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Unread 01-03-2022, 03:07 PM   #16
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I dunno, Rigo. The explanation sounds a bit shaky to me. The window in question appears in the original elevation plan. Why, then would it need to be eliminated to allow it with the interior elevations?

And why did he tell you first that it was because the roof would leak if done per your plans, then change his reason to the ceiling heights being the problem?

I'd hafta sit down with the actual drawings, of course, but I'm a bit skeptical. Actually, I'm a lot skeptical.

Have you spoken with the architect who drew the plans?
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Unread 01-03-2022, 03:26 PM   #17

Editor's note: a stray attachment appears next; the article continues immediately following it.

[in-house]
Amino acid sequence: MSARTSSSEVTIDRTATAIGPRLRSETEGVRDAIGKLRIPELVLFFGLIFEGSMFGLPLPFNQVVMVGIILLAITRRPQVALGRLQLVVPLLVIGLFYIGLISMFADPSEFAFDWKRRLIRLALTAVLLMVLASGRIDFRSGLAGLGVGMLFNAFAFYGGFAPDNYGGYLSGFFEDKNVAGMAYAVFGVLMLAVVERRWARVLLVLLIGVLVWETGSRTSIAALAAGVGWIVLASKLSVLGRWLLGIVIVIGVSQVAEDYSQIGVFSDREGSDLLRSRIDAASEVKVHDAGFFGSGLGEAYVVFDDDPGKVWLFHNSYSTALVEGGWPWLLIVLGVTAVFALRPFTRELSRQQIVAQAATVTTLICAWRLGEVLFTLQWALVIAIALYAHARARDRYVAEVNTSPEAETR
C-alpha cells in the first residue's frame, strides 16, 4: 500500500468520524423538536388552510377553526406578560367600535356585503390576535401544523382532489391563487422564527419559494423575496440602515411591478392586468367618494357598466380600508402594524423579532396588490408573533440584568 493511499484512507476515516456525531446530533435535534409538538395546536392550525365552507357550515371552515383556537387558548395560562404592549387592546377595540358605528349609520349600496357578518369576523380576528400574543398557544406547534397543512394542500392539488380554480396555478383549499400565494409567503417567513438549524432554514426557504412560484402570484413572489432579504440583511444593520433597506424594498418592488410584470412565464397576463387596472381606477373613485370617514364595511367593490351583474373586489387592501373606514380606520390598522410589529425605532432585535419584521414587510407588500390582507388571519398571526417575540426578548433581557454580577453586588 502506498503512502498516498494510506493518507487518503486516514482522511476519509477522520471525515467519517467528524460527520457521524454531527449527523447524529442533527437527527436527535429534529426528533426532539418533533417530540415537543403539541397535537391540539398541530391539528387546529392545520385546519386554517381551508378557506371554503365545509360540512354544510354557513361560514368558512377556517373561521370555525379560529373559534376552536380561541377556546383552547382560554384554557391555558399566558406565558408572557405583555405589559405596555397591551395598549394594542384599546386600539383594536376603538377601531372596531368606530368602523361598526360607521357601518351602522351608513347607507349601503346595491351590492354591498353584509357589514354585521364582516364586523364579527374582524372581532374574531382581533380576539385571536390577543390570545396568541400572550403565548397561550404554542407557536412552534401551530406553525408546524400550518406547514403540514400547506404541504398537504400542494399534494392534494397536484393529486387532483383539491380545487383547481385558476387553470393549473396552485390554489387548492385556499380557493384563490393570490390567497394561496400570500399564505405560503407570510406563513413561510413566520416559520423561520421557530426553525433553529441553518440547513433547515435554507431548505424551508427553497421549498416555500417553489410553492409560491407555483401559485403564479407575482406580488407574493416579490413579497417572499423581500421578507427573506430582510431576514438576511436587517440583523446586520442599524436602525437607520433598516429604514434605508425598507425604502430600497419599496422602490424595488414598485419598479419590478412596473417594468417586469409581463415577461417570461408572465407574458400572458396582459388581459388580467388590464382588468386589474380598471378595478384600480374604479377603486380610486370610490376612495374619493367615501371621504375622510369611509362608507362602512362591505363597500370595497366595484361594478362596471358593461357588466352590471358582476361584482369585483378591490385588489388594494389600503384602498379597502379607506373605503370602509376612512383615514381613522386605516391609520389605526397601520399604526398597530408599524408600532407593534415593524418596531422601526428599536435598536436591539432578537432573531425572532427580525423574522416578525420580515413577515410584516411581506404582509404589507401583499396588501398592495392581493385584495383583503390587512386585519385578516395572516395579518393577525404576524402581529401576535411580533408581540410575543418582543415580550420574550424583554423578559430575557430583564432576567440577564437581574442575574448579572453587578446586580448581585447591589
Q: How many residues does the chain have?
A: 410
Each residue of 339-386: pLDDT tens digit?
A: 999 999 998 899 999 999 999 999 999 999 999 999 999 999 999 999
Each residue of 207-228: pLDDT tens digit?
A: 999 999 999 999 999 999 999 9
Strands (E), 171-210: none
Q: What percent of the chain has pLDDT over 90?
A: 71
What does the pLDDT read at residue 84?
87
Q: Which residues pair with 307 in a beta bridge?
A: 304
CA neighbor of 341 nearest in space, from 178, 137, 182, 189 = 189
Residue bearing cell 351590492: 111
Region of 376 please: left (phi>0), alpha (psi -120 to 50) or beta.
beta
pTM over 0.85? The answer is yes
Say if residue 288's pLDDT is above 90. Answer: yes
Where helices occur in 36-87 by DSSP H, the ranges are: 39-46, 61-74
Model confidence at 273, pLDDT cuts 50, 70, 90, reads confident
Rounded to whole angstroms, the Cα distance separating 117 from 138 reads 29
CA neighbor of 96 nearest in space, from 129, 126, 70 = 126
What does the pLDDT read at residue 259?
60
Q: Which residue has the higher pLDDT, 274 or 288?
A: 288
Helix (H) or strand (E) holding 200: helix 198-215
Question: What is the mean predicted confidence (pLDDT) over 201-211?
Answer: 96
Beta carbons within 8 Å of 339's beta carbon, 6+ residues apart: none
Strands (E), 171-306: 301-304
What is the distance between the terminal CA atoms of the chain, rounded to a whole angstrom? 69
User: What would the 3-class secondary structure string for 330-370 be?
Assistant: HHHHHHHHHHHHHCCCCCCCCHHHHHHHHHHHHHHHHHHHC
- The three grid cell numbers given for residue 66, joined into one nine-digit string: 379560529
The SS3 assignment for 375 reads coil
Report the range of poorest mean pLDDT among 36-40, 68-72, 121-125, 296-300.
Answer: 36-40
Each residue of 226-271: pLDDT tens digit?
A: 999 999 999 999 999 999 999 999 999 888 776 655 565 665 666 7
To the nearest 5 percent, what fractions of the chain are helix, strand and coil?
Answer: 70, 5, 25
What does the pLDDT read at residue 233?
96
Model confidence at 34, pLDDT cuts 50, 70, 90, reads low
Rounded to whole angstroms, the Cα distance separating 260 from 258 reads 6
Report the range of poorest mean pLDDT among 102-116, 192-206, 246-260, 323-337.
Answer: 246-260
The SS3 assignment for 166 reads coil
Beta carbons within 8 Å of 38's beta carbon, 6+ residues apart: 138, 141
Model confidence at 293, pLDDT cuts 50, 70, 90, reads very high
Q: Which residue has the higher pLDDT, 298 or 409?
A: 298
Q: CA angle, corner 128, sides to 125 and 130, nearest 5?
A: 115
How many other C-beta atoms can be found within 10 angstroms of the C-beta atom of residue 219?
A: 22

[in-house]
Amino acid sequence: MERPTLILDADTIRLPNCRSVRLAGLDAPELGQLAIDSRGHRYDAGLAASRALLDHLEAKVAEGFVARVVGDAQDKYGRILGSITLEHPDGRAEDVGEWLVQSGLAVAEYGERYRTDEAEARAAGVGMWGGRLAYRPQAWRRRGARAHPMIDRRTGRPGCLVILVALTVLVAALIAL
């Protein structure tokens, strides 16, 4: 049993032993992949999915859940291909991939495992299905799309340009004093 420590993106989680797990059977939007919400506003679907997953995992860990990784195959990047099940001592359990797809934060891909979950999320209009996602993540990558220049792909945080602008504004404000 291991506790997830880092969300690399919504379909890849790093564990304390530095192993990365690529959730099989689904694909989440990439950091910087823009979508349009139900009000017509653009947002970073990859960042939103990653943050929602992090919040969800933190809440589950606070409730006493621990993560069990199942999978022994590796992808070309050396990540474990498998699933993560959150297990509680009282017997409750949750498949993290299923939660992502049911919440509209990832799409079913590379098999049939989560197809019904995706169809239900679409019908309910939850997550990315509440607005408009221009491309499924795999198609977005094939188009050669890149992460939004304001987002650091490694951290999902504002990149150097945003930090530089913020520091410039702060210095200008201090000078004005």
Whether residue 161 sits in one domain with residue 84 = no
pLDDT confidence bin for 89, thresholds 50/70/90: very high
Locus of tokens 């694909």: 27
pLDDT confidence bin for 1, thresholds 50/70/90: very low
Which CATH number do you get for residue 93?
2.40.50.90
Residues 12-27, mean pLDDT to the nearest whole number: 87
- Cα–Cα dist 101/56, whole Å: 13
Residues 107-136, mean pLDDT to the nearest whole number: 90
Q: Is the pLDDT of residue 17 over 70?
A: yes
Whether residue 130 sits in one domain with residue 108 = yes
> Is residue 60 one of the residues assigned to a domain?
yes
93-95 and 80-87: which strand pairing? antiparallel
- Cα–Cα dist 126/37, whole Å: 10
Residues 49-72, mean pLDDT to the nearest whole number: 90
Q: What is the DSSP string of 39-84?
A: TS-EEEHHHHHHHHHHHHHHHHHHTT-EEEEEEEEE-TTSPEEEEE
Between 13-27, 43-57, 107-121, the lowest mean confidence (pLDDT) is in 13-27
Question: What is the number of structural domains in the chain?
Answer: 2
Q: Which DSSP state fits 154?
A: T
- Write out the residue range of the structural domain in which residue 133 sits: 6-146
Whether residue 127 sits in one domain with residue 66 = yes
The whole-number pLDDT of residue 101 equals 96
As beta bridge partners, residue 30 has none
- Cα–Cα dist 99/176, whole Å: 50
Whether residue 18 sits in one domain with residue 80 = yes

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I agree, If he had built it with the correct ceiling height's you could of had an even larger Transom window or an arched one like drawn.

Do your plans have any cross sections of the area?
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Unread 01-03-2022, 03:30 PM   #18
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Was the roof stick-framed or was it trusses, Rigo?
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Unread 01-03-2022, 03:45 PM   #19
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It appears that the plate lines should have been lowered in theses 2 marked areas to create the proper roof lines
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Unread 01-03-2022, 04:04 PM   #20
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CX I think they built the trusses on sight. The windows were ached but I changed them to square.
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Unread 01-03-2022, 04:06 PM   #21
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Unread 01-03-2022, 04:14 PM   #22